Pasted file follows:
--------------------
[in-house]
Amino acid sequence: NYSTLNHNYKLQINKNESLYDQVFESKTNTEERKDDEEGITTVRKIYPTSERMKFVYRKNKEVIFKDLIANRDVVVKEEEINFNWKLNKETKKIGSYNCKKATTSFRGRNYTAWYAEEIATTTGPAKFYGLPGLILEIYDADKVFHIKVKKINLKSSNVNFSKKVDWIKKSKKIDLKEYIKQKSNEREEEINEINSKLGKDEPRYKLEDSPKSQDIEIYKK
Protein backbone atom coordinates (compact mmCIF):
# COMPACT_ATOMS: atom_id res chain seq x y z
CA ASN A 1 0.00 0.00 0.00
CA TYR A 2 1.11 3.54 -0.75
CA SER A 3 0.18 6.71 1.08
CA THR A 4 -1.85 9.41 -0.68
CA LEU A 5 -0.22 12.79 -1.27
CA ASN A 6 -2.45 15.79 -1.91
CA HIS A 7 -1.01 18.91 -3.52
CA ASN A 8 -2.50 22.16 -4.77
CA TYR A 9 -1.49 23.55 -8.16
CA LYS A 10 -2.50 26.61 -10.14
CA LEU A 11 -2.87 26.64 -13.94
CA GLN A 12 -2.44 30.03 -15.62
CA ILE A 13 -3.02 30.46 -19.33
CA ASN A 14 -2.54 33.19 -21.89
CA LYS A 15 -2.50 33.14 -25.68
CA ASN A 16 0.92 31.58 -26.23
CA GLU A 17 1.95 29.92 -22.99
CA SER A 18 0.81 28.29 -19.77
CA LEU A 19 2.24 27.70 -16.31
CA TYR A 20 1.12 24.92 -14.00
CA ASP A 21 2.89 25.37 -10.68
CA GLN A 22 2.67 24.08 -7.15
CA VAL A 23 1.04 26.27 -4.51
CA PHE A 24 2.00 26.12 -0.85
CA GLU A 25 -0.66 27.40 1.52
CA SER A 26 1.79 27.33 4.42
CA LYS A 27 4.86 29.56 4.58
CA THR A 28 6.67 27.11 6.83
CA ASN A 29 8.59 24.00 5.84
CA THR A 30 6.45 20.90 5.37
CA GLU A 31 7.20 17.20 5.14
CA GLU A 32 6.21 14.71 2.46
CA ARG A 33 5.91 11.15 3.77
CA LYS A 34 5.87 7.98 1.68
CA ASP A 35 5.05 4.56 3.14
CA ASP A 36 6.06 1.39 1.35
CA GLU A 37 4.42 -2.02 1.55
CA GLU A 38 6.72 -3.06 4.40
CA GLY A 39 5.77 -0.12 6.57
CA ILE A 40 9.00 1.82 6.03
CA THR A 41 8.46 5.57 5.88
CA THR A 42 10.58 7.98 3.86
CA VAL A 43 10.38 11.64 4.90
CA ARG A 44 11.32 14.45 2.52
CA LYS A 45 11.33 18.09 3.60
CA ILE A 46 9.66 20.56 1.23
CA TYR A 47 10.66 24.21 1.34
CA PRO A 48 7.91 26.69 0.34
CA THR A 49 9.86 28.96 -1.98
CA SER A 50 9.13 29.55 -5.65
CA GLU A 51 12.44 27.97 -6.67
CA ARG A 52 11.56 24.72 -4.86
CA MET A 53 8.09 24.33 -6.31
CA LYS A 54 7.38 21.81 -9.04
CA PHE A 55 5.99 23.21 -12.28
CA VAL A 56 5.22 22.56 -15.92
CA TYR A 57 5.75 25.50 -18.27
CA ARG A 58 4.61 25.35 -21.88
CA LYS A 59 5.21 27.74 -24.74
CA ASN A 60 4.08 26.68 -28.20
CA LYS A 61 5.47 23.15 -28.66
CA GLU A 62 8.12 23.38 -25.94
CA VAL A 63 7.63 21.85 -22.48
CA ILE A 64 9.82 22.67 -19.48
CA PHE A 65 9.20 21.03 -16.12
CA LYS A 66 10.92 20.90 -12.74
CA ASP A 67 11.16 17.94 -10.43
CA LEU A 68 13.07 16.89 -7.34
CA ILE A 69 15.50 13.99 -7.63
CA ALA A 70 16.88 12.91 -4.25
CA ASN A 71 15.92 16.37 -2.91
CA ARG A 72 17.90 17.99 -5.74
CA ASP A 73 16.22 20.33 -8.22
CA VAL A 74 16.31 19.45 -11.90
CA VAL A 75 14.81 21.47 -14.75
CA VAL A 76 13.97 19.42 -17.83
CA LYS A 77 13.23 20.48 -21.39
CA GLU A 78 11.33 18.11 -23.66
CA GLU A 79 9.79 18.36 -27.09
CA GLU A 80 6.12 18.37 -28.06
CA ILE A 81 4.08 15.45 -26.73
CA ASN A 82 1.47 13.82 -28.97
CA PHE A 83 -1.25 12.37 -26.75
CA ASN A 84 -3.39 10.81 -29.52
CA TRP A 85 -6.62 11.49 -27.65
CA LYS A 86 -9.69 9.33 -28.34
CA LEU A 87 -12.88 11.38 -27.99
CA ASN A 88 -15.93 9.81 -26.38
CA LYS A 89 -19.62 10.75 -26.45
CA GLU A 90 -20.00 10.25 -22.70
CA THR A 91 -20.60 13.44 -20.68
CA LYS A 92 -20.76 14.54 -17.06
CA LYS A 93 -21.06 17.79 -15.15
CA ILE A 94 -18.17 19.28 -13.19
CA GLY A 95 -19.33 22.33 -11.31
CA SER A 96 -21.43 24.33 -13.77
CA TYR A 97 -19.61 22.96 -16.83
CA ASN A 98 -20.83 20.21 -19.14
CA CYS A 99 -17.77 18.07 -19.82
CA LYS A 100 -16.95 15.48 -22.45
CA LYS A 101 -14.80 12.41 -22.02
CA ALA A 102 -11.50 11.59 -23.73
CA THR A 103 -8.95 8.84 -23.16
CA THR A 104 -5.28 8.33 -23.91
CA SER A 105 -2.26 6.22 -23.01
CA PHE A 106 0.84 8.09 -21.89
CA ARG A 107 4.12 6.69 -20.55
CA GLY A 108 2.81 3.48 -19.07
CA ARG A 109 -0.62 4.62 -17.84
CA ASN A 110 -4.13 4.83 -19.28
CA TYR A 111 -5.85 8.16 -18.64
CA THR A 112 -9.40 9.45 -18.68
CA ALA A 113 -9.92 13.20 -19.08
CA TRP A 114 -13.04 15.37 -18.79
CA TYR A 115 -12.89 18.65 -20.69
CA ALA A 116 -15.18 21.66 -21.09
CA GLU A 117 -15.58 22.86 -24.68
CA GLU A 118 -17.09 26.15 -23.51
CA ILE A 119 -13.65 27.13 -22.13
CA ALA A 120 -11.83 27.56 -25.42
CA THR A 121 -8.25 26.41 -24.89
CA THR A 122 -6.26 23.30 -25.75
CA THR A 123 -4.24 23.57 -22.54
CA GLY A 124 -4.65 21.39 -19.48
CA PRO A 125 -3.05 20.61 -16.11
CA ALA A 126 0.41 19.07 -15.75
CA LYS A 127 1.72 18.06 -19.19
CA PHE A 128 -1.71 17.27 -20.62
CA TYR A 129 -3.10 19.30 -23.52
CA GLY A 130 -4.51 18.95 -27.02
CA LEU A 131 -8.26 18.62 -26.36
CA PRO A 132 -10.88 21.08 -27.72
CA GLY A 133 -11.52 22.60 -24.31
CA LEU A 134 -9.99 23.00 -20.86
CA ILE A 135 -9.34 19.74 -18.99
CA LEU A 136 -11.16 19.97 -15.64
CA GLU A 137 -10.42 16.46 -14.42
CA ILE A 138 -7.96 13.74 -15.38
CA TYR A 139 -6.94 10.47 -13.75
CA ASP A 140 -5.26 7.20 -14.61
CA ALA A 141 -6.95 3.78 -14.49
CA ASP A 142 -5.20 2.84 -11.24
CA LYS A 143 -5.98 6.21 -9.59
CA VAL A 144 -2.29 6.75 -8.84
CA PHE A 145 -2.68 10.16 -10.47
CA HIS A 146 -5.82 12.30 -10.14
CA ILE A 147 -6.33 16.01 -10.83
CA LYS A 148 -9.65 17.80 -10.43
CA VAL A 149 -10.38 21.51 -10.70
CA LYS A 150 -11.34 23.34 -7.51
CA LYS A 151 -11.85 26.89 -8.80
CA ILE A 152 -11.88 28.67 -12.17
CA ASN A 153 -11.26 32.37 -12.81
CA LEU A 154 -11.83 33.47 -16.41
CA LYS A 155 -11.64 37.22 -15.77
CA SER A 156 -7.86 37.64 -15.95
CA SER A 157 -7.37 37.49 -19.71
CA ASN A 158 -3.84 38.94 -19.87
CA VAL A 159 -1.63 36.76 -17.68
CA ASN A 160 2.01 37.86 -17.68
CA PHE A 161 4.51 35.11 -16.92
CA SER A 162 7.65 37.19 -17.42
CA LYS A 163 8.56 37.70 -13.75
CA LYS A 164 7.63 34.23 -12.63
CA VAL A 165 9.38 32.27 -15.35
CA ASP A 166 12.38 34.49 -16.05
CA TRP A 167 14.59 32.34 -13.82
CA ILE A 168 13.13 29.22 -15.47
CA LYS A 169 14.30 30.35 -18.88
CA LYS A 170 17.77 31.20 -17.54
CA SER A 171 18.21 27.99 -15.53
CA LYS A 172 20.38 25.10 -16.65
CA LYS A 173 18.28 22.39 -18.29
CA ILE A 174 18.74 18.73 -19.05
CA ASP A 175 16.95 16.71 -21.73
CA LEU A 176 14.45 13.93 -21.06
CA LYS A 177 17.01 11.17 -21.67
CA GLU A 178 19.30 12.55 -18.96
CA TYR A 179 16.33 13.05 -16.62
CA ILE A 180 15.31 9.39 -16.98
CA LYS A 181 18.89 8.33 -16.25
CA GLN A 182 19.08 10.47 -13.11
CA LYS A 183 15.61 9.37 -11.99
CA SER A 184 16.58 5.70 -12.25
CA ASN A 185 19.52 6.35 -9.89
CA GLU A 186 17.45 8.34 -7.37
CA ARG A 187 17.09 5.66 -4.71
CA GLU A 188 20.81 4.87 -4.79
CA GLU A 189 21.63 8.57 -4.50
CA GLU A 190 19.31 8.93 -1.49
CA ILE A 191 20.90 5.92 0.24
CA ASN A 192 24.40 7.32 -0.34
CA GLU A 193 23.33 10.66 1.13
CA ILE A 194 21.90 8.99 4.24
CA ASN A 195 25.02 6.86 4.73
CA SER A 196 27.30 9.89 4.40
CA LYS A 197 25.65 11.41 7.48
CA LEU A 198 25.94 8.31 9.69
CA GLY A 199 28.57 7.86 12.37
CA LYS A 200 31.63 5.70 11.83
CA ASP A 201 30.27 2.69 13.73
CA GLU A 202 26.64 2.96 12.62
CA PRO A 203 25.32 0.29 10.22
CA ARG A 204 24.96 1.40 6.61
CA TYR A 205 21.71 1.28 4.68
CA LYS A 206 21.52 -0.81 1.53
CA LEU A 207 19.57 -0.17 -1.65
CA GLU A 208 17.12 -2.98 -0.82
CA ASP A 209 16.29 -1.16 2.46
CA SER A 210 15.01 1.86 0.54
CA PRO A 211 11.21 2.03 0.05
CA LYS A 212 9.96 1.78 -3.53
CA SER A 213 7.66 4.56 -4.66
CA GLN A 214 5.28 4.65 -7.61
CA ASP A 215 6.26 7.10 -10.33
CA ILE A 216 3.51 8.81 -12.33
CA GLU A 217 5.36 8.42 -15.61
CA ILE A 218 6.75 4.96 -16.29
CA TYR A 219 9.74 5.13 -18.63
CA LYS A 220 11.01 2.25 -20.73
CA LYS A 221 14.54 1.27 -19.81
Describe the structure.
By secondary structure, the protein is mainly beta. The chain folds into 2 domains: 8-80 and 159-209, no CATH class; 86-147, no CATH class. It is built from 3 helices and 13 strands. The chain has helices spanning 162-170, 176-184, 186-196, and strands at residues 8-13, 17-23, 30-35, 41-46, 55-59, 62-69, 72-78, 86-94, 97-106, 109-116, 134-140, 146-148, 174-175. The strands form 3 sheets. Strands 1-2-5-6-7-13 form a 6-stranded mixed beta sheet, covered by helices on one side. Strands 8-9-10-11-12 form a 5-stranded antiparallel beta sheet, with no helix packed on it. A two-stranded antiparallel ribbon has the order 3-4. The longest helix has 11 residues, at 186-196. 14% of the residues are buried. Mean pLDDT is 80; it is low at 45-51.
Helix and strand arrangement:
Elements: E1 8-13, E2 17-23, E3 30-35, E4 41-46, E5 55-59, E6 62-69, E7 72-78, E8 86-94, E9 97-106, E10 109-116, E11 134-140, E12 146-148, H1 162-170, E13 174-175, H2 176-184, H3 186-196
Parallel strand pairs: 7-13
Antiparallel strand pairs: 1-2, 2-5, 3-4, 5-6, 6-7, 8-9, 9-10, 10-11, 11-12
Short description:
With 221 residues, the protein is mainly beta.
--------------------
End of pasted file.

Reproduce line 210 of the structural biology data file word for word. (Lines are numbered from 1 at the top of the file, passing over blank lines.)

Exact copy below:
CA LYS A 206 21.52 -0.81 1.53